Two video game researchers have discovered a slew of zero day vulnerabilities in the engines that run popular first person shooter games like “Quake 4,” “Monday Night Combat,” “Crysis 2” and “Homefront,” among others that could put their servers and the gamers who use them in danger.
The flaws lie in engines like Unreal Engine 3, id Tech 4, and CryEngine 3, some of the same systems used by the Federal Bureau of Investigation and the U.S. Air Force in military simulator training systems.
Luigi Auriemma and Donato Ferrante, two researchers behind the Malta-based firm ReVuln Security, discussed their findings in a presentation, “Exploiting Game Engines for Fun and Profit,” (.PDF) at the NoSuchCon security conference in Paris.
The vulnerabilities can be used to attack game servers, along with game clients, according to the duo’s research.
In one case an attacker could potentially fake the IP of the server for id Tech 4 (the engine associated with Quake 4) to trigger a stack based buffer overflow in the game. In another, an attacker could get the CryEngine 3 engine to improperly handle “fragmented packets,” which could result in a heap overlow or integer overﬂow vulnerability.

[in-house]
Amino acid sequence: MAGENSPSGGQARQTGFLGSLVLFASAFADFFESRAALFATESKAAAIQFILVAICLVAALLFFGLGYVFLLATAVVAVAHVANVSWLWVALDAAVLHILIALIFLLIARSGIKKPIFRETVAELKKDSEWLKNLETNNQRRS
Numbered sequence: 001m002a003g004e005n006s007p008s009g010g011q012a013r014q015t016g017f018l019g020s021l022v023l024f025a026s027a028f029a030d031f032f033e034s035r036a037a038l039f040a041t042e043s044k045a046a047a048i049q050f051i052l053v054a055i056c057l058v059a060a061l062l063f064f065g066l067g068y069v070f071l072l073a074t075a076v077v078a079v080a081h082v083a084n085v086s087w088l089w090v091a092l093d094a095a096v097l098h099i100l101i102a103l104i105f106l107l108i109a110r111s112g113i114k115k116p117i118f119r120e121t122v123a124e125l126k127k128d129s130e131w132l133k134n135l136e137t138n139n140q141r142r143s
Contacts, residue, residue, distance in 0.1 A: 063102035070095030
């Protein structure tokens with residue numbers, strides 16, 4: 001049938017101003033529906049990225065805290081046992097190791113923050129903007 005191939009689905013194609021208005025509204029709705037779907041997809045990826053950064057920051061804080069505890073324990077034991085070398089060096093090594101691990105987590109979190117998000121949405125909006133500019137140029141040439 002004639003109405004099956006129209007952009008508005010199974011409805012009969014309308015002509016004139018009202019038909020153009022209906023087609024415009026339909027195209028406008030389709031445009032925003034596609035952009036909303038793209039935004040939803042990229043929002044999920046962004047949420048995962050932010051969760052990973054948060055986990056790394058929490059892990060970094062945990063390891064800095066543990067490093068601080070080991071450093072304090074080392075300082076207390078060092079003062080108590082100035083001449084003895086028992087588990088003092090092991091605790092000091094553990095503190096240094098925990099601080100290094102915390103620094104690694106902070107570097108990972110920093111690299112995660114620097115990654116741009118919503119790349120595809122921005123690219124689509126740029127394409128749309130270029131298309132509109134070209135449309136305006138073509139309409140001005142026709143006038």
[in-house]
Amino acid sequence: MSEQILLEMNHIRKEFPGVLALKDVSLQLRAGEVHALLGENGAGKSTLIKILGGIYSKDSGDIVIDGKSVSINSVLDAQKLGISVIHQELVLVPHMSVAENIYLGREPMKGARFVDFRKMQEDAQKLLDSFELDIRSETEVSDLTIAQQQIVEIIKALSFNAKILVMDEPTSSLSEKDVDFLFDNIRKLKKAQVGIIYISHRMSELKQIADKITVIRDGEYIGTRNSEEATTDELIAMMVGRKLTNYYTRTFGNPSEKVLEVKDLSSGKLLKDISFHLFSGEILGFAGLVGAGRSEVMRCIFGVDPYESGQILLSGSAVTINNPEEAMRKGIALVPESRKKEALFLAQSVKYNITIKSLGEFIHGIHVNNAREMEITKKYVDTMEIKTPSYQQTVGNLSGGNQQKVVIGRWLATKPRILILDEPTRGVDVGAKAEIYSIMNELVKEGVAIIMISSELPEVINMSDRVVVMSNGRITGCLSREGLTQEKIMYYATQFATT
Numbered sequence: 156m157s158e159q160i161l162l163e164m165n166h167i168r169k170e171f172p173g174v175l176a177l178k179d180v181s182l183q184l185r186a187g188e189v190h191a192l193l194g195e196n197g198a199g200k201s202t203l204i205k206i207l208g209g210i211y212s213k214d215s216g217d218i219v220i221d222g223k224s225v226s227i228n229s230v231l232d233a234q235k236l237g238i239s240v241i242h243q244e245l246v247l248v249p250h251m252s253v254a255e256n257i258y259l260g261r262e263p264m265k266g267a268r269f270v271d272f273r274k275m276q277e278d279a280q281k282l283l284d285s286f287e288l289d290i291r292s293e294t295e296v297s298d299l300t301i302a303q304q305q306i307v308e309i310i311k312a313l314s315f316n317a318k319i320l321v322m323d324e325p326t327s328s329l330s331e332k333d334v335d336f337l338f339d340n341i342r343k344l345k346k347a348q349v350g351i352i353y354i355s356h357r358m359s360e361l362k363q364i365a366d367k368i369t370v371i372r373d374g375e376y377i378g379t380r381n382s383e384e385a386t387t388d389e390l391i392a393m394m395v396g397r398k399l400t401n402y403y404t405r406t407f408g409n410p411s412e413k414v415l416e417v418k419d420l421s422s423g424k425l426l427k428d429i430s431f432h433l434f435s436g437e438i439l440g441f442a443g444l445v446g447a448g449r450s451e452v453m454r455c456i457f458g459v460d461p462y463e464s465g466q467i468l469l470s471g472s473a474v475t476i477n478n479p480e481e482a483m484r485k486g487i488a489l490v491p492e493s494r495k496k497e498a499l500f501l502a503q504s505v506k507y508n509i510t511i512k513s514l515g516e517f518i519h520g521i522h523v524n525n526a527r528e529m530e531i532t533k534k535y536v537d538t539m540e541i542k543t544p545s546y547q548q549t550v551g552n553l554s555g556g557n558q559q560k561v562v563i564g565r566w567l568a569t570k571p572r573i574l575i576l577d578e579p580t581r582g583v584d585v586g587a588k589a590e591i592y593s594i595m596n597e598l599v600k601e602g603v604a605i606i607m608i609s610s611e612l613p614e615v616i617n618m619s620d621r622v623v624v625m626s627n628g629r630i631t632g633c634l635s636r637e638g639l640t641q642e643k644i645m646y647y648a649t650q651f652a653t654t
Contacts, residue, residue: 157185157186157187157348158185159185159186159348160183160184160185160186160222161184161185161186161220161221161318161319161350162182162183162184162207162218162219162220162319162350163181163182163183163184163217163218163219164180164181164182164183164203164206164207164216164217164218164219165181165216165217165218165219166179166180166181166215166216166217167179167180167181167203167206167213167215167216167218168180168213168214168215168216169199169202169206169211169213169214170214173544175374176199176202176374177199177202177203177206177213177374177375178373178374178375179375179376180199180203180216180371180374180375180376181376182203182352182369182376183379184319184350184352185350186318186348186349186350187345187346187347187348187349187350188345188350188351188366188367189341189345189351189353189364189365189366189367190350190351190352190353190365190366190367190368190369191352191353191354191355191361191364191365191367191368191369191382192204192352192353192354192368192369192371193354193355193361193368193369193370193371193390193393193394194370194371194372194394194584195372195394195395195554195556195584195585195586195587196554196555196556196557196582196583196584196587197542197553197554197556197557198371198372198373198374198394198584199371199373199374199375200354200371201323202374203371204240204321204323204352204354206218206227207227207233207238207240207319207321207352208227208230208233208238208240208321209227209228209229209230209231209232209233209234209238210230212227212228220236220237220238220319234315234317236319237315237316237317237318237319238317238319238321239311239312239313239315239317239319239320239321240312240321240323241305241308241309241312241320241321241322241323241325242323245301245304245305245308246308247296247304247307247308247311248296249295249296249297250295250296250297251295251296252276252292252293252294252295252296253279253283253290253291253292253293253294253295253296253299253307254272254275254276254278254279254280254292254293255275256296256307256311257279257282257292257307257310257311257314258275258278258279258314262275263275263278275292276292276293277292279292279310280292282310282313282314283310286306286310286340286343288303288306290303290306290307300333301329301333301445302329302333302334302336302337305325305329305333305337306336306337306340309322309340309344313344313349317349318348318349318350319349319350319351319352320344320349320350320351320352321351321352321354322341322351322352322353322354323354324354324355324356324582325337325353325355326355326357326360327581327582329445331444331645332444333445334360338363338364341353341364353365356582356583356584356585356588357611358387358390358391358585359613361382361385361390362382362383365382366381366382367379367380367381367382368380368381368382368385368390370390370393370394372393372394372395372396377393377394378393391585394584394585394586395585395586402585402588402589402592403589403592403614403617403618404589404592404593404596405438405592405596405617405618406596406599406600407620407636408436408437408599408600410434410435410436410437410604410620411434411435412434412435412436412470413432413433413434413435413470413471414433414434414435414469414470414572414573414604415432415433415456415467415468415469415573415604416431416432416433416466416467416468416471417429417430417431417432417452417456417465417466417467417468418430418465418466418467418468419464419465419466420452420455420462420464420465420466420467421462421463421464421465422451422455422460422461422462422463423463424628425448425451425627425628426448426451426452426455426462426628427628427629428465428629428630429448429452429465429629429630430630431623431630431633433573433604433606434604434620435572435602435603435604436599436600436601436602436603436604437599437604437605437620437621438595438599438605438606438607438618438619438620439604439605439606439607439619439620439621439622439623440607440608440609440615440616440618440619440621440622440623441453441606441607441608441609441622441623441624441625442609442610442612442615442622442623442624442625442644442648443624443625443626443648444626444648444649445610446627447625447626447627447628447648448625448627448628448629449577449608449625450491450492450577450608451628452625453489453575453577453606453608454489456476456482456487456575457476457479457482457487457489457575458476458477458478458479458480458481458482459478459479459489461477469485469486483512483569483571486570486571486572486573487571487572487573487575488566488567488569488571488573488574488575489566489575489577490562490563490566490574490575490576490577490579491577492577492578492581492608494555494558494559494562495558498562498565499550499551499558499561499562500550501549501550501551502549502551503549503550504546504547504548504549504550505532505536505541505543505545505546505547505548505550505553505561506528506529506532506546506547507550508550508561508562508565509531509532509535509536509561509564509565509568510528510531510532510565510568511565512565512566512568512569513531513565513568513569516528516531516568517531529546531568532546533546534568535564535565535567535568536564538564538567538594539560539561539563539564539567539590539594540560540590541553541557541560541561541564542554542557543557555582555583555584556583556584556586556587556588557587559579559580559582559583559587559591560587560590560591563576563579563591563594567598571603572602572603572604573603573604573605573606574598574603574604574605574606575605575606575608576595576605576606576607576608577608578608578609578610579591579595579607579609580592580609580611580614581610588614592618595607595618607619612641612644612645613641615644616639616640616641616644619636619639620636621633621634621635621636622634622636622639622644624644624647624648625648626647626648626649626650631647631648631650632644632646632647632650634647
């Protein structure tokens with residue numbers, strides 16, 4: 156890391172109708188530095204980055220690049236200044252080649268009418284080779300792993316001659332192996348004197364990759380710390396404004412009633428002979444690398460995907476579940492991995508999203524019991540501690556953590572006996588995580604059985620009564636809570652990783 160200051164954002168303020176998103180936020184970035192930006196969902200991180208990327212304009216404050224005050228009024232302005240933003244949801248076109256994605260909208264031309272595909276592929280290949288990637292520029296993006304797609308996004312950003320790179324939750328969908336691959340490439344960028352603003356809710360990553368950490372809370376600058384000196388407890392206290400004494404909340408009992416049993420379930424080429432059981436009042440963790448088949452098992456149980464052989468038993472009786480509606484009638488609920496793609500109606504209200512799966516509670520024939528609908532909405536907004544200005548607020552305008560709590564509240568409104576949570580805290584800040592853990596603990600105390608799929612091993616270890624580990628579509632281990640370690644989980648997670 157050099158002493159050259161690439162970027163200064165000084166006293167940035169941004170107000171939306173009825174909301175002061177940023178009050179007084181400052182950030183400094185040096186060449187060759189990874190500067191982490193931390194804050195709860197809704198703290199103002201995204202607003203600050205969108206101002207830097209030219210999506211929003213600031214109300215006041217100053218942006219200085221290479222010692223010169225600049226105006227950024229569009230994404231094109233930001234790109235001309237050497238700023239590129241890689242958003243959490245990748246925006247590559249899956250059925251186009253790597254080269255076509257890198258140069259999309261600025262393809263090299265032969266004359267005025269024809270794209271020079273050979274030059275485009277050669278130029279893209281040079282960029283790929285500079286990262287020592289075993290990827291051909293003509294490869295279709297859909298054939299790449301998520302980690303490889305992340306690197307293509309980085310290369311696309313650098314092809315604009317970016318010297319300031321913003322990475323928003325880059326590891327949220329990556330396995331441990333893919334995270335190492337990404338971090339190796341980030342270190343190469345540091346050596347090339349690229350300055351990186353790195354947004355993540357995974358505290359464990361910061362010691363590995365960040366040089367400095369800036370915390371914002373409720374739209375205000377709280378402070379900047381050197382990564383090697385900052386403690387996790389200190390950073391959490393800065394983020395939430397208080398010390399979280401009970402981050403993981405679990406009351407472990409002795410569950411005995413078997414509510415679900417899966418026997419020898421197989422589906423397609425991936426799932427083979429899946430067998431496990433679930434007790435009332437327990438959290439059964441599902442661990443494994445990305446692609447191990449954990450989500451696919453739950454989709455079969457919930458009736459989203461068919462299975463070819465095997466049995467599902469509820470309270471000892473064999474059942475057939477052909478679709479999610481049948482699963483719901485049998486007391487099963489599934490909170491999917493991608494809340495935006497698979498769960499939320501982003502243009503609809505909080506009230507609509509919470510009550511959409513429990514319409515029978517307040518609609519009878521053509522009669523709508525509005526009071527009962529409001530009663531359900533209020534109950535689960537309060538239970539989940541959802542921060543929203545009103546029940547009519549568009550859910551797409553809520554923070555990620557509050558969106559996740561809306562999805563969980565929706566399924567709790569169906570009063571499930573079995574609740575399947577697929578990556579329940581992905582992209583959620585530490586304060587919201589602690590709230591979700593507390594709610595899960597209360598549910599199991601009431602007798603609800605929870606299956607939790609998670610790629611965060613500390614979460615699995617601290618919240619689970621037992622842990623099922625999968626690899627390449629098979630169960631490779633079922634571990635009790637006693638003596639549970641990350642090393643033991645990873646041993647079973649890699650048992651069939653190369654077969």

Dozens of games in addition to those mentioned above could be affected by the vulnerabilities, since multiple games use the same engines.
“It’s a matter of how many other games share the same engine,” the two said in their presentation, “Any attacker can exploit them without any user interaction or additional requirements.”
Auriemma and Ferrante have proved quite adept at finding bugs in gaming systems over the last half decade or so. The two found a handful of memory corruption issues, buffer and heap overflows in the online video gaming portal Steam last October and earlier this year, found a flaw in EA’s Origin client that opened the site up to remote code execution and put users’ computers at risk.
As they usually do for exploits, the two have posted a .PDF copy of their Powerpoint presentation (.PDF) and posted a video on Vimeo describing the vulnerabilities in detail. This particular one demonstrates the exploits against Crysis 2 and Quake 4’s master servers:
[vimeo 66027238 w=600 h=338]
Auriemma and Ferrante plan to sell the information about the vulnerabilities – all of which were previously undisclosed – to third party companies via its subscription service, the “zero-day feed.”
For more on their research, check out the accompanying paper, “Game Engines: A 0-Day’s Tale,” (.PDF) ReVuln posted, complete with code sequences that breaks down which vulnerabilities affect each game.